San Ramon

  • Luz Gomez, City Council**

San Leandro

  • Bryan Azevedo, City Council, District 2
  • Fred Simon, City Council, District 4**

West Contra Costa Unified School District Board of Education

  • Jamela Smith in Area 1
  • Otheree Christian, District 2
  • Mister Phillips in Area 3
  • Demetrio Gonzalez-Hoy, District 4
  • Leslie Reckler, Board of Education, District 5



San Francisco

Board of Supervisors

  • Connie Chan, District 1**
  • Aaron Peskin, District 3
  • Dean Preston, District 5
  • Myrna Melgar, District 7 (ranked #1)**
  • Vilaska Nguyen, District 7 (ranked #2)
  • Hillary Ronen, District 9**
  • John Avalos, District 11 #1 (ranked #1)**
  • Ahsha Safai, District 11 #2 (ranked #2)


City College Board of Trustees

  • Shanell Williams
  • Tom Temprano**
  • Alan Wong**
  • Han Zou**



Prop. A: Health, Homelessness, Parks and Streets Bond (SUPPORT) – This $487.5 million general obligation bond measure, supported by the entire Board of Supervisors and the Mayor, will help stimulate the local economy by funding shovel-ready projects.  The bond is timed so that it would not increase the tax burden on property owners.

Prop. B: Department of Sanitation and Streets and Oversight Commissions (NO POSITION) – Creates a new City department and two oversight commissions.  The SF PAC and SF Council is recommending that Local 21 stay neutral to reflect both the positive aspects of Prop. B as well as the concerns of possible negative impacts that it may have on Local 21 members.

Prop. C: Removing Citizenship Requirements for Members of City Bodies (SUPPORT) – Removes the citizenship requirement for commission appointments in the Charter. This would provide for a more inclusive and diverse mix of commission appointments for bodies such as the Police Commission, Human Rights Commission, and Planning Commission. The State of California and other local governments have recently made similar changes.

Prop. D: Sheriffs Oversight (SUPPORT) – Unanimously supported by the Board of Supervisors, this measure creates a Sheriff’s Department Oversight Board (SDOB) and a Sheriff’s Office of Inspector General (OIG).  These oversight bodies would investigate non-criminal misconduct complaints for Sheriff deputies and cadets.

Prop. E: Police Staffing (SUPPORT) – This ballot measure would eliminate a current City Charter-mandated minimum staffing level of 1,971 sworn officers established in 1979 and instead require the Chief of Police to prepare a staffing study and report to the Police Commission every two years.  The minimum staffing level is arbitrary and a barrier to re-defining public safety.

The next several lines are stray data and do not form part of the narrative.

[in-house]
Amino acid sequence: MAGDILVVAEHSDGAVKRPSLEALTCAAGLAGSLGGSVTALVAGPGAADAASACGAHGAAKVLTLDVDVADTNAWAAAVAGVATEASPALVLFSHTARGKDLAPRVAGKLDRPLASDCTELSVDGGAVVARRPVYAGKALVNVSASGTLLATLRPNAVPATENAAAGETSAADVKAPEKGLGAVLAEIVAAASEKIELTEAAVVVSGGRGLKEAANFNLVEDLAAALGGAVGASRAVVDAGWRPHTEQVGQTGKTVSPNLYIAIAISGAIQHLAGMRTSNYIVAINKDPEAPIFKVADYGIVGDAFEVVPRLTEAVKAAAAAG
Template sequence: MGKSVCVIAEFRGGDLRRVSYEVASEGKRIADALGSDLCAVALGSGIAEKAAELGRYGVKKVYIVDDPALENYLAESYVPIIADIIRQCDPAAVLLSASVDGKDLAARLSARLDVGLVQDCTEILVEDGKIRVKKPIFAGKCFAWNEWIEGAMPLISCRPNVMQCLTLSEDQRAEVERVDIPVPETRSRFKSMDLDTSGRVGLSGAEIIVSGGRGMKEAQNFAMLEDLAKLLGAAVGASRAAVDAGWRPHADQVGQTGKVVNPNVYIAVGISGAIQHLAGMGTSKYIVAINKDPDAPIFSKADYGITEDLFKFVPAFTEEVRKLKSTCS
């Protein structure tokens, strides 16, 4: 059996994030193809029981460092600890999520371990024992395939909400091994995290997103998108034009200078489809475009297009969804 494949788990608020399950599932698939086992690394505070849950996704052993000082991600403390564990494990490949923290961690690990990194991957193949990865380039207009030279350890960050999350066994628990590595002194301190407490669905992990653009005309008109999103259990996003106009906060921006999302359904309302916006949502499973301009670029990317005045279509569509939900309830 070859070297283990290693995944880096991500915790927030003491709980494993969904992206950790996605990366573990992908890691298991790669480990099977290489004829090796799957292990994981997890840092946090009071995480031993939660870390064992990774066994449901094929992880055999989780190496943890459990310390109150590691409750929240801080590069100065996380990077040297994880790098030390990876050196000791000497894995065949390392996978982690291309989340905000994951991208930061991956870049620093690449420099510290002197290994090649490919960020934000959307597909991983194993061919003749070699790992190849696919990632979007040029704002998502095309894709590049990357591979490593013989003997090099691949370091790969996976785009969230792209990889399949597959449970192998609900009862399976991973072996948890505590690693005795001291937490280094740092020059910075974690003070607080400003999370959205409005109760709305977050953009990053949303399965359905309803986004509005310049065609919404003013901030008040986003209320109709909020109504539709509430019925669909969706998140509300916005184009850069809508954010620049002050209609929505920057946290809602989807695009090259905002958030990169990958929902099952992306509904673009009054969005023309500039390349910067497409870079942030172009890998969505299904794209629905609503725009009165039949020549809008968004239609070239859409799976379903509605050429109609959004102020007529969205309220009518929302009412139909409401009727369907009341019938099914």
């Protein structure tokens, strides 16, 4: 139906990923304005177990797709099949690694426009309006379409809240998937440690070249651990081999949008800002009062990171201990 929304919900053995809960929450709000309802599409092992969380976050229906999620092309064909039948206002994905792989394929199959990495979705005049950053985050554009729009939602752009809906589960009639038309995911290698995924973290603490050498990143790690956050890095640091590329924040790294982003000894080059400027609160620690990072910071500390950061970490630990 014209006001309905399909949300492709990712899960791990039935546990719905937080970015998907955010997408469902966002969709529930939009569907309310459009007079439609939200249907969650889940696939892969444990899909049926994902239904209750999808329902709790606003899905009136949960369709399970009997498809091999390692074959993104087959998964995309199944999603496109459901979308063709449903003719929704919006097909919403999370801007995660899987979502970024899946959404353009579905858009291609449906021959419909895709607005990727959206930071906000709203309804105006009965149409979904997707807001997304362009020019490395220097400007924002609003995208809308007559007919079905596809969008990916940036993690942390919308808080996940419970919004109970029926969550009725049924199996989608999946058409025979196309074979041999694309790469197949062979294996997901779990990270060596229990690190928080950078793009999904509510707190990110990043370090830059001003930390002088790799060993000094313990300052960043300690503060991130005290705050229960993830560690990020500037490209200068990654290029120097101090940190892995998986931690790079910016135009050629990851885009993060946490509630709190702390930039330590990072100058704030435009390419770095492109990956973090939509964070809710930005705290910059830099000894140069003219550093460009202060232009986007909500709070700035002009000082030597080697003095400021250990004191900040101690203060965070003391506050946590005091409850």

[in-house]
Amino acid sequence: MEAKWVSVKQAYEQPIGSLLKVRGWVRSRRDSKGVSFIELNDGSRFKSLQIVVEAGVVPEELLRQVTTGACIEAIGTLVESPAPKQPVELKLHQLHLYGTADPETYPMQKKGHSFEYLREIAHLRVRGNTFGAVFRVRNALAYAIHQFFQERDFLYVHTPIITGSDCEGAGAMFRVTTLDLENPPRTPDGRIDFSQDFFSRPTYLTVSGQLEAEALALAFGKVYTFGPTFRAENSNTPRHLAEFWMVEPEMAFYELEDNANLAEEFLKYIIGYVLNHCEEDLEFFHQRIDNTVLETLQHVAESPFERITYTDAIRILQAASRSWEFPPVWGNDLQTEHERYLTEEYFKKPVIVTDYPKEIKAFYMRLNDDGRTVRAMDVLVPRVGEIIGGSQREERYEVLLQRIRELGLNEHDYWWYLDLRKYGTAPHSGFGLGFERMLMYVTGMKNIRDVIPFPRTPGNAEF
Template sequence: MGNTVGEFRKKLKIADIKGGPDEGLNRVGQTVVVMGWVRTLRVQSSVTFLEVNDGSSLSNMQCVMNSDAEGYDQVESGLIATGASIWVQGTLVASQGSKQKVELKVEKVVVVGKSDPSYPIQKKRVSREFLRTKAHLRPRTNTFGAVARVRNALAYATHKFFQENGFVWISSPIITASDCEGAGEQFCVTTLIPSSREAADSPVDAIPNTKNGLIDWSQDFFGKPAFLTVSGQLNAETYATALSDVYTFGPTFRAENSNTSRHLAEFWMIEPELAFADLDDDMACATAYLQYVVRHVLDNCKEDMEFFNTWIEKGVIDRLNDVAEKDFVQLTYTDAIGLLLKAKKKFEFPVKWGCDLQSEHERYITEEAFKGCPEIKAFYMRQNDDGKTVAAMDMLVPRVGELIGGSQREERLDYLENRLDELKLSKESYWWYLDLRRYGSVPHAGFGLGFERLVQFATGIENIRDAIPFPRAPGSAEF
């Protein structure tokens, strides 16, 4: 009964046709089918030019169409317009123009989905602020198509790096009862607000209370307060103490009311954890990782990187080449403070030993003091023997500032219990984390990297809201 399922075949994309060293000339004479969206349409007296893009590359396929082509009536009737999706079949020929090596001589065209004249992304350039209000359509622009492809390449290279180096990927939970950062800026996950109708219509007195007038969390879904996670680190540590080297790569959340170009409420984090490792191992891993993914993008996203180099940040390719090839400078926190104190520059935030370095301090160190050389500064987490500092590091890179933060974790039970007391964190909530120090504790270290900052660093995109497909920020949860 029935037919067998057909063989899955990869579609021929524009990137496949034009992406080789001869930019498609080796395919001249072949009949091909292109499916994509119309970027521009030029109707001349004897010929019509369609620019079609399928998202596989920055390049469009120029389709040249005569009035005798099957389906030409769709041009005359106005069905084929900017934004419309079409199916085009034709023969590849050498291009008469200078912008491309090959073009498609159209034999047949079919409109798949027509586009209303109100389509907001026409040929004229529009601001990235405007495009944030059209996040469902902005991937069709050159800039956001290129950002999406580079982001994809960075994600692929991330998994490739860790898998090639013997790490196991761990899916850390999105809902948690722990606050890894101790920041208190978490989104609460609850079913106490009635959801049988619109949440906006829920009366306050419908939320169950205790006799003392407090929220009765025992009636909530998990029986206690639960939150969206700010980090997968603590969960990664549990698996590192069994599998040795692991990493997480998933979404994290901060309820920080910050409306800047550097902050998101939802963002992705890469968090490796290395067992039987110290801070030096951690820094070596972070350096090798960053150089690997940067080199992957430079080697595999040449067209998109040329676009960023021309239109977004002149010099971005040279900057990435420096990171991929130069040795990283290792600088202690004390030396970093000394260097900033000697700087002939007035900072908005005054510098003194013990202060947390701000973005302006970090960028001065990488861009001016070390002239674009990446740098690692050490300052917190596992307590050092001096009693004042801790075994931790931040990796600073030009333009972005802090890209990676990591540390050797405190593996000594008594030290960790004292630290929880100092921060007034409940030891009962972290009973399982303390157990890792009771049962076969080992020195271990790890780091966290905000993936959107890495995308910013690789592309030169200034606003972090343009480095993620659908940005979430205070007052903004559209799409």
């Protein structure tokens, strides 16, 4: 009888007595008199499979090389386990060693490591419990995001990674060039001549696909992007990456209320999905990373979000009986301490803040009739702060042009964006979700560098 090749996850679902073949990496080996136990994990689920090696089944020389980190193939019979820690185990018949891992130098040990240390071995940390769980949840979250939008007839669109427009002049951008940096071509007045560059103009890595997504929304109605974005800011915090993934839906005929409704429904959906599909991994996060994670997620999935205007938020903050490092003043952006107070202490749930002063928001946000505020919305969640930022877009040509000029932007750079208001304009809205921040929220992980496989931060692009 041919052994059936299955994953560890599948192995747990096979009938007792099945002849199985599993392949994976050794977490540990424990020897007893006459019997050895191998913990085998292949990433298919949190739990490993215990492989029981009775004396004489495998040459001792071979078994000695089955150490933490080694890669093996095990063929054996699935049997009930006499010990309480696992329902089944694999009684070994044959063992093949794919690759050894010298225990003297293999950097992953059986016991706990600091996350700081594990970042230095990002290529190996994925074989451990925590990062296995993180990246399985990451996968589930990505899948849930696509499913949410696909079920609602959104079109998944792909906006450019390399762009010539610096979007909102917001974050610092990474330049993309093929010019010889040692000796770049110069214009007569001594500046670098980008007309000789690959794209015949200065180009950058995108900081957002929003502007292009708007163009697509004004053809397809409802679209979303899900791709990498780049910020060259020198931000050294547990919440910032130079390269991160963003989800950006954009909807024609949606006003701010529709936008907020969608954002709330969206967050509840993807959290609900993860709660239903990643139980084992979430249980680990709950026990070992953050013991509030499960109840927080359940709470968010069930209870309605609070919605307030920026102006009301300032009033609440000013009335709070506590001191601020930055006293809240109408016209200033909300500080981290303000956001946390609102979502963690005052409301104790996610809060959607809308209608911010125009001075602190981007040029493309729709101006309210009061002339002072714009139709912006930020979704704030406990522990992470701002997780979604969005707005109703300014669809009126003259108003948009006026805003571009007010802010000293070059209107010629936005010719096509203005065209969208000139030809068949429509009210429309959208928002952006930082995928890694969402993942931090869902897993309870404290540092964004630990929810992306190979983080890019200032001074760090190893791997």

Prop. F: Business Tax Overhaul (SUPPORT) – This iteration of the business tax overhaul is the consensus version, winning support from the Board of Supervisors and the Mayor. This ballot measure will accomplish two important objectives. First, it unlocks the Prop C funds for childcare services, which the City has been collecting but not spending due to ongoing litigation. Second, the measure would create a more equitable tax structure by reducing business taxes on small businesses, eliminating the payroll tax, and slightly increasing rates on industries that have not been paying their fair share. Overall, this measure will stabilize and grow the General Fund by shifting taxes from small or more sensitive businesses and industries, to the most profitable, including those who have continued to be profitable during the COVID-19 pandemic.

Prop. G: Youth Voting in Elections (SUPPORT) – This ballot measure will allow 16- and 17-year-olds, many of whom hold jobs and pay taxes, to vote in local elections.  The earlier young people begin voting, the more likely they are to establish a lifelong habit of voting and inspire the adults in their family to vote more often. 

Prop. H: Neighborhood Commercial Districts and City Permitting (OPPOSE) – This ballot measure proposes significant changes in the City’s Planning Code for 3 years in San Francisco’s neighborhood commercial districts.  These changes include definitions, principally permitted uses on all floors, and the elimination of notification for non-commercial districts.  If passed, it would undermine the work that Local 21 members perform and could create work site issues for our members. 

Prop. I: Real Estate Transfer Tax (SUPPORT) – This ballot measure would increase the transfer tax on “the most expensive real estate transactions” — those $10 million or higher.  The Controller estimates that the measure would generate an average of $196 million in new revenue for the General Fund. 

Prop. K: Affordable Housing Authorization (SUPPORT) – This ballot measure would authorize the City to develop, build, or acquire up to 10,000 units of affordable housing. The housing would be funded through the revenue that is collected through Prop I – Real Estate Transfer Tax.

Prop. L: Business Tax Based on Comparison of Top Executives’ Pay to Employees Pay (SUPPORT) – Also known as the Overpaid Executive Tax, companies subject to the tax would pay a 0.1% to 0.6% in additional business tax, only if highest earner is paid at least 100 times more than the median wage of the company’s workers in San Francisco.  The Controller estimates that the measure would raise between $60 – 140 million per year in new revenue for the City’s General Fund.

Prop RR: Caltrain Sales Tax (SUPPORT) – Institutes a modest sales tax (1/8 cent) across San Francisco, San Mateo, and Santa Clara Counties to provide a dedicated source of funding to support the operations of Caltrain. Many of our members rely on this affordable transit option and we cannot afford for it to fail.


San Francisco Unified School District Board of Education

  • Kevine Boggess
  • Matt Alexander
  • Jenny Lam
  • Mark Sanchez

Prop. J: Parcel Tax for Educators (SUPPORT) – The proposed measure sunsets Prop. G, an annual $320 per parcel tax on real property approved by voters in June 2018 that has been held up in litigation, and replaces it with a parcel tax of $288. Funds from the parcel tax will pay salaries for SFUSD teachers, educators, and other district employees, including Local 21 members who work for the School District.



** Indicates a current or former Local 21 member